Discover (almost) everything that’s ever happened and unhappened in Doctor Who
Since Steven Moffat took over as showrunner of Doctor Who, he hasn’t given viewers an easy ride on the TARDIS.
The worms take to the battleground of the fairway
For the past 16 years, the Worms have been blowing each other up with military-grade arsenal.
Keep tabs on stock prices
iOS 5’s built-in stock and share tracking may be good, but nothing beats having your entire iPad screen devoted to real-time data that changes minute on minute, and is totally open to customisation by you.
What’s the buzz surrounding IMDb’s latest app?
The idea behind the newest app from the world’s most comprehensive movie website is a simple one; deliver up-to-the-minute updates on users’ favourite celebrities or movies via quick links to IMDb.
Takes National Geographic to the next level
Avid readers of the National Geographic magazine will be thrilled; the magazine has been recreated in this fully-fledged, special edition iPad app that stands on its own as one of the best examples of how digital magazines can be made for the modern readers.
Military combat evolved and improved for the iPad generation
As the military first-person shooter is in season on consoles, you’d be forgiven for taking one look at this thematically similar game from Gameloft Montreal and pass it off as another lacklustre wannabe.
Brighten up how you organise your day
Functionality or style? It’s the kind of choice we always want to try and avoid in life.
Take control of aperture effects and get creative
The iPhone’s camera is becoming a popular way to take photos, and with functions such as HDR, flash and grid lines, you can capture some fantastic shots.
View your favourite RSS feeds in a unique newspaper style
In an App Store category dominated by the likes of super-slick Reeder and innovative Pulp, it can’t be easy to build a great RSS reader, but that’s just what Glasshouse Apps have done with The Early Edition 2.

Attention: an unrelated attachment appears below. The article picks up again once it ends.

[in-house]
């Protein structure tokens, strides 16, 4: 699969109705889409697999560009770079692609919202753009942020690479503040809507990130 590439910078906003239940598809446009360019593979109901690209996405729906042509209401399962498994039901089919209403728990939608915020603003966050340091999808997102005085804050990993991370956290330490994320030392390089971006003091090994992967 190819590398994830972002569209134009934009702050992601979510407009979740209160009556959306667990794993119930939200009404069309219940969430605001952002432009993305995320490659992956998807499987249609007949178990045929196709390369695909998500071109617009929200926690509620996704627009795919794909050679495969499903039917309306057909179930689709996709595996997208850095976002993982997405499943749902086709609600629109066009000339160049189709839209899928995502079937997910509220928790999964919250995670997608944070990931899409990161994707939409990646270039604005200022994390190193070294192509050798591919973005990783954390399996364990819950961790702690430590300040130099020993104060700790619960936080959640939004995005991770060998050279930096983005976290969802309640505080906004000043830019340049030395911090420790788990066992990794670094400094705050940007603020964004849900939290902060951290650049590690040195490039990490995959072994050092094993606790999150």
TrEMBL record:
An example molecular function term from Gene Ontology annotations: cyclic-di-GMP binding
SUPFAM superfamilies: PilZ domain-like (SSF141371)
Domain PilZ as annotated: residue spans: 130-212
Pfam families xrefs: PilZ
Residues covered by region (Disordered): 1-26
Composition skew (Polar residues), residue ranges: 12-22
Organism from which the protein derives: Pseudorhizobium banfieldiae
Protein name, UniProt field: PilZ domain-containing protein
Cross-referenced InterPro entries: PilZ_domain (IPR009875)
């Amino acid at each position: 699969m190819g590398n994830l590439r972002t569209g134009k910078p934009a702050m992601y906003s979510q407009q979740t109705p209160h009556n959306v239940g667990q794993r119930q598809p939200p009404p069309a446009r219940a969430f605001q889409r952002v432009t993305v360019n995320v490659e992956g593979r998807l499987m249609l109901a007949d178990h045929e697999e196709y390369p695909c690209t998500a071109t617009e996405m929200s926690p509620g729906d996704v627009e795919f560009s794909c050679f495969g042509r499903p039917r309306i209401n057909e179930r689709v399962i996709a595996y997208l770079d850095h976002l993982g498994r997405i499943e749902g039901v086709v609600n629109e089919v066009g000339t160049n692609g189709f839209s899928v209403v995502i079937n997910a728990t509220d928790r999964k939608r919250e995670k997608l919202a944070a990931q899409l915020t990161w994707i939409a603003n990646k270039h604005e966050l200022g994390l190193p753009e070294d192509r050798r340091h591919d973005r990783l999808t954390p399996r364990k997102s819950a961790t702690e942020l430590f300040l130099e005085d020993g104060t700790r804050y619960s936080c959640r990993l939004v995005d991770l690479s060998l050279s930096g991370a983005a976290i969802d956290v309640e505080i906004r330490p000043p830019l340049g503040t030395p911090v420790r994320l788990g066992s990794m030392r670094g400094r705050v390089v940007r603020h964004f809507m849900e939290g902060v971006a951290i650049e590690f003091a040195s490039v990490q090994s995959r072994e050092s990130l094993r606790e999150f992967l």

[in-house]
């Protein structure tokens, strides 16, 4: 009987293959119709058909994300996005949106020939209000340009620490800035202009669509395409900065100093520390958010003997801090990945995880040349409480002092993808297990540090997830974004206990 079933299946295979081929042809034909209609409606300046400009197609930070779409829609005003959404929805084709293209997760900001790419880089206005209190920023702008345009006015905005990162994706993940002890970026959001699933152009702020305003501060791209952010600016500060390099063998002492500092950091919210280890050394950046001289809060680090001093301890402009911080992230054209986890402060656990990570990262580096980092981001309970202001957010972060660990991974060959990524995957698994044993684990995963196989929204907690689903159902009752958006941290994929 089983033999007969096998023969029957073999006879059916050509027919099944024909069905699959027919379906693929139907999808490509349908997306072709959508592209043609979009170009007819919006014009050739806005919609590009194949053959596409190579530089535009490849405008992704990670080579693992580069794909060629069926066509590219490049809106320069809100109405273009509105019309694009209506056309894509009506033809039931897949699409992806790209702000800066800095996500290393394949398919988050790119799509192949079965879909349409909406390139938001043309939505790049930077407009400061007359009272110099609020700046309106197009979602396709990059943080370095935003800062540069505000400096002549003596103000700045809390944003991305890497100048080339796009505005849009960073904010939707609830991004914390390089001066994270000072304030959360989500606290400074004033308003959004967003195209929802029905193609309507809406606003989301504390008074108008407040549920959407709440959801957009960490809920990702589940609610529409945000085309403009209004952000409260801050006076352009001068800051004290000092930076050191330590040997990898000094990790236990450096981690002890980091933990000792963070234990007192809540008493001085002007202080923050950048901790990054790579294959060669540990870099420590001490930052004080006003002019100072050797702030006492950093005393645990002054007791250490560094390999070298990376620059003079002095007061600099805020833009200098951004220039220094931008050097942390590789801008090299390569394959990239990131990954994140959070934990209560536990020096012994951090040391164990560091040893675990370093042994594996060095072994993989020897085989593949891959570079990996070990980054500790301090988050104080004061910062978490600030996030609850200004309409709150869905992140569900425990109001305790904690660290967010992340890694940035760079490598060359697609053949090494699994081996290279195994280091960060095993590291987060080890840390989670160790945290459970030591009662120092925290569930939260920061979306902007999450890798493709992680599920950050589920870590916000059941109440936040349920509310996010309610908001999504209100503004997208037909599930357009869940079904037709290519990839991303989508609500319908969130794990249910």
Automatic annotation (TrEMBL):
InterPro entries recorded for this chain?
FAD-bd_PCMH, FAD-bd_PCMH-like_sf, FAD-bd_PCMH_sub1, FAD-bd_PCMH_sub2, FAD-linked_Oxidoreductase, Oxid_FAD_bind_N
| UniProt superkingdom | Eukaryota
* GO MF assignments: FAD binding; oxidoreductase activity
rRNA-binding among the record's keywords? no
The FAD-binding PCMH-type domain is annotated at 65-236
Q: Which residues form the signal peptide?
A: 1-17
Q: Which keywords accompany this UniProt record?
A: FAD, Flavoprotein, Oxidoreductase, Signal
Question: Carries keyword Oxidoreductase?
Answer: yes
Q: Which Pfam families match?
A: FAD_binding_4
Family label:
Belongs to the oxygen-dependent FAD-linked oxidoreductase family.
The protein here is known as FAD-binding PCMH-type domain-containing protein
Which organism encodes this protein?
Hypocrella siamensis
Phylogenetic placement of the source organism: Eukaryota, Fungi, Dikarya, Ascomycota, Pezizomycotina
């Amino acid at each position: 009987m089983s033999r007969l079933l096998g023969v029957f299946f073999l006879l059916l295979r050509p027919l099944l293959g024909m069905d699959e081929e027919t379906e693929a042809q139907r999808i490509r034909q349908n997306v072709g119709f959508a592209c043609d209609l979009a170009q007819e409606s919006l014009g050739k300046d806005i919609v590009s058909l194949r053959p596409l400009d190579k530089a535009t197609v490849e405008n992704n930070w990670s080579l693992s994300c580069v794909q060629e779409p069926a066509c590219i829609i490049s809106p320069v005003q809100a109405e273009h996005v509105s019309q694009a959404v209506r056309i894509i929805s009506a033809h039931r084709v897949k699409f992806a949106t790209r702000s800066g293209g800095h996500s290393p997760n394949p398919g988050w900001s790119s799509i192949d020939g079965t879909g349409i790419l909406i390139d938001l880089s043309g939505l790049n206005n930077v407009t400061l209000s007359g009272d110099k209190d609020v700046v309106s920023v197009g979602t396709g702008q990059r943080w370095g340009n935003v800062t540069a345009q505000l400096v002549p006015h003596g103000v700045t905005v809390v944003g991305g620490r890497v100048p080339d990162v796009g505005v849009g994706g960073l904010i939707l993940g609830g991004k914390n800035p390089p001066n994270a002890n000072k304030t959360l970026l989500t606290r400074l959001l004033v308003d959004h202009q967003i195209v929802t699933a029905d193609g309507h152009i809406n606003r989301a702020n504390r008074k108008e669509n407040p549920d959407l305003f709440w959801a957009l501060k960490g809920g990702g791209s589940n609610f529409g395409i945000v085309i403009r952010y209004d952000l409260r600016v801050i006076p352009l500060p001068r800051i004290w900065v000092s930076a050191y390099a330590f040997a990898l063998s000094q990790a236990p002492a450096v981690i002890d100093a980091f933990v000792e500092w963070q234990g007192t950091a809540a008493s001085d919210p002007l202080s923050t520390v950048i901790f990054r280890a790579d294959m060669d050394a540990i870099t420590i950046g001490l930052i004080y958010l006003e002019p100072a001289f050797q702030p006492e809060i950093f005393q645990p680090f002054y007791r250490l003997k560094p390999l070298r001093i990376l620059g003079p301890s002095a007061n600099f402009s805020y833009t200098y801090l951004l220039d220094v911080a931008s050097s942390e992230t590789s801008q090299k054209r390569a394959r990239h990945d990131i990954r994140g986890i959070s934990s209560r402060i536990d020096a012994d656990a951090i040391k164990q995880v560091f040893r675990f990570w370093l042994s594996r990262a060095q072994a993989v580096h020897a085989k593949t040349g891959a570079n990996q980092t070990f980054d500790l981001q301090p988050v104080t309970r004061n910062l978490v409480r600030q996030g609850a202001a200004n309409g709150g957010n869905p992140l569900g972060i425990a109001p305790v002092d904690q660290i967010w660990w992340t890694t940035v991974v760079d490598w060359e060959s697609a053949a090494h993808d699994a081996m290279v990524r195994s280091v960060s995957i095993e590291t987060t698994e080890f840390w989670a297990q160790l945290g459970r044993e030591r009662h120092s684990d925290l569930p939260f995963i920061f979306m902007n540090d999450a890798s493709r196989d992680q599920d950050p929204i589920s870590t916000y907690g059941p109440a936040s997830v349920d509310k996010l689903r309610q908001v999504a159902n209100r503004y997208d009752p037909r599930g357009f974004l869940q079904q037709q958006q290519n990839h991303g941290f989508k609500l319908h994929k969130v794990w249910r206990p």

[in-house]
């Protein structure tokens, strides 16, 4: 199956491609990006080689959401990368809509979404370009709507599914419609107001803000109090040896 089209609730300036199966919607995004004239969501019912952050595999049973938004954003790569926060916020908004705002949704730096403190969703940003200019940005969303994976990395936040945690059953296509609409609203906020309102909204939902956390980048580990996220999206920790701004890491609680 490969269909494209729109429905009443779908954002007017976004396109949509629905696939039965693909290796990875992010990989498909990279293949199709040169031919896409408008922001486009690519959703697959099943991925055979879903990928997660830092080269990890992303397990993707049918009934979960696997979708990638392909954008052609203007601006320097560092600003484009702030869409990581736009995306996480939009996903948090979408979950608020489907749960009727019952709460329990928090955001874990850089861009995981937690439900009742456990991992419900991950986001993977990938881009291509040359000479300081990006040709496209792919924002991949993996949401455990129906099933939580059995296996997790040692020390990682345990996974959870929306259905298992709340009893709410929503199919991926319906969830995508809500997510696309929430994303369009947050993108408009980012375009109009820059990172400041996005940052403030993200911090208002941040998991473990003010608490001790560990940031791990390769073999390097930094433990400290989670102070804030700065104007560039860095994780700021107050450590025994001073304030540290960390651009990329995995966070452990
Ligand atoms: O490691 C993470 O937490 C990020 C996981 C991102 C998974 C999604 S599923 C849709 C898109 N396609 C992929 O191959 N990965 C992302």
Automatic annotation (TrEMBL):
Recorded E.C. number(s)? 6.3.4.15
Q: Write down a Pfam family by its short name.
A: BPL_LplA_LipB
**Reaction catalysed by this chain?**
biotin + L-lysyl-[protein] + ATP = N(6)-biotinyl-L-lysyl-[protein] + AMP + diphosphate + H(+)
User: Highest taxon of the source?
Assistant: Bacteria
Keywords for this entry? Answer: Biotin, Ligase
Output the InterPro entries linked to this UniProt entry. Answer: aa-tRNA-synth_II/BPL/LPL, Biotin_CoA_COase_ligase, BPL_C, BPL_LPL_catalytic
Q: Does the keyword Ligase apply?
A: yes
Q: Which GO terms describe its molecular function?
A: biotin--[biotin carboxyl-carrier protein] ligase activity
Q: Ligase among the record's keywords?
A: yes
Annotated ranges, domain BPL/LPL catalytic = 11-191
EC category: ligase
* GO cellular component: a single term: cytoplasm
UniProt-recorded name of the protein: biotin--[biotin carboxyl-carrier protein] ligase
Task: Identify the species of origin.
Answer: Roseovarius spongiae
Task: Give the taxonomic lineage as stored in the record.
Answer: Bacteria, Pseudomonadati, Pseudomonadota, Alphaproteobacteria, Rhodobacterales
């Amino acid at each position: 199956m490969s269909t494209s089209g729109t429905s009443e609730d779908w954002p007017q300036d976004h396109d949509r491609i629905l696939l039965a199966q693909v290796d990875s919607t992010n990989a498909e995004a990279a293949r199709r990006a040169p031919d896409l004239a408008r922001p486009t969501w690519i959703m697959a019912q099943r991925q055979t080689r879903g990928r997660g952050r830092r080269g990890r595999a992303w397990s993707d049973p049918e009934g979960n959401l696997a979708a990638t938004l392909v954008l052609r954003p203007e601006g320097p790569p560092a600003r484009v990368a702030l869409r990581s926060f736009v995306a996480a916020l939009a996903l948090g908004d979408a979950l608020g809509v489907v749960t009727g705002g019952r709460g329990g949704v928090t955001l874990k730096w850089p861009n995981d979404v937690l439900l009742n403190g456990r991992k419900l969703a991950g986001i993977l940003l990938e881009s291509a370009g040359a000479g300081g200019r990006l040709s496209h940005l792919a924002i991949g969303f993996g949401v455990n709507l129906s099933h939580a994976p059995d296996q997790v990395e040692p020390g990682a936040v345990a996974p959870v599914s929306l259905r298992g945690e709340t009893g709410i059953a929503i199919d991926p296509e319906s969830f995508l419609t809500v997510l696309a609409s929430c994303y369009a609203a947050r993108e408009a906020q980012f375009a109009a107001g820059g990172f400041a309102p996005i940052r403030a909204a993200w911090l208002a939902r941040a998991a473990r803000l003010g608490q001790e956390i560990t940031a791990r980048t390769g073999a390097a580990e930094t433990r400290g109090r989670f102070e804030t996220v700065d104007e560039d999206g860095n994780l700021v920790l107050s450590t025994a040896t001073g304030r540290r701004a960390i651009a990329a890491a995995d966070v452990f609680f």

This is one whale who isn’t made of fail
Whale Trail is a similar proposition to the barrage of distance attack games that are out there on iTunes today.
Bloomberg brings the business world to your fingertips
If you’re spending sleepless nights fretting over the continuing global economic meltdown, and feel the need to mainline financial and business news in order to keep up with the latest twists and turns, then Bloomberg might have the solution.
What would happen if Infinity Blade was mixed with Lovecraft?
When Infinity Blade arrived on iOS last year, it did so amid a whirlwind of excitement and bombast.
The biggest rivalries in American football brought to life for iPad
If a single fibre of your being has a connection with American Football, then this app is for you.
Gamevil delivers RPG Excellence
Zenonia has proved to be something of a revelation for Android developer Gamevil.
Learn about the planets beyond our solar system, bringing them closer than ever
Apps aimed at star-gazers are not a new idea.
That great feeling of discovering a new band – every day
There are few better feelings in the world than coming across a great new band, and immediately indulging in the process searching out their back catalogue as your infatuation grows.
Never miss a payday again with the extremely useful PayBook
In a world where multiple jobs or numerous pay packets aren’t out of the ordinary, it can be hard to keep track of what exactly you’re earning.
Originality is the only casualty as console gaming hits iOS
When Epic Games ported the Unreal Engine to iOS, inaugural app Infinity Blade proved both ambitious and technically impressive, gaining plaudits and opening eyes to the potential of iOS gaming.
See Rome in the past and present with just one tap
The Eternal City has been the subject of many apps since the inception of iOS and the Android Market, but nothing quite like the experience you get from Rome MVR.
Dinosaurs roar back to life in this amazingly insightful interactive storybook
Now don’t get us wrong, we’re very grateful to Apple for inventing the iPad in the first place, and blissfully happy to own and work with one on a daily basis, but why couldn’t it have been around when we were children? If it had been, imagine how much more we would have embraced learning and, as a result, to what extent we might have bettered ourselves? A lot, we think, because interactive books, such as this prehistoric epic from Touch Press (developed by the same people who brought us apps such as The Elements and Solar System) make learning both fun and exciting, as well as helping the reader to engage with the subject matter in a way in which book pages and crude Ray Harryhausen animation could never achieve.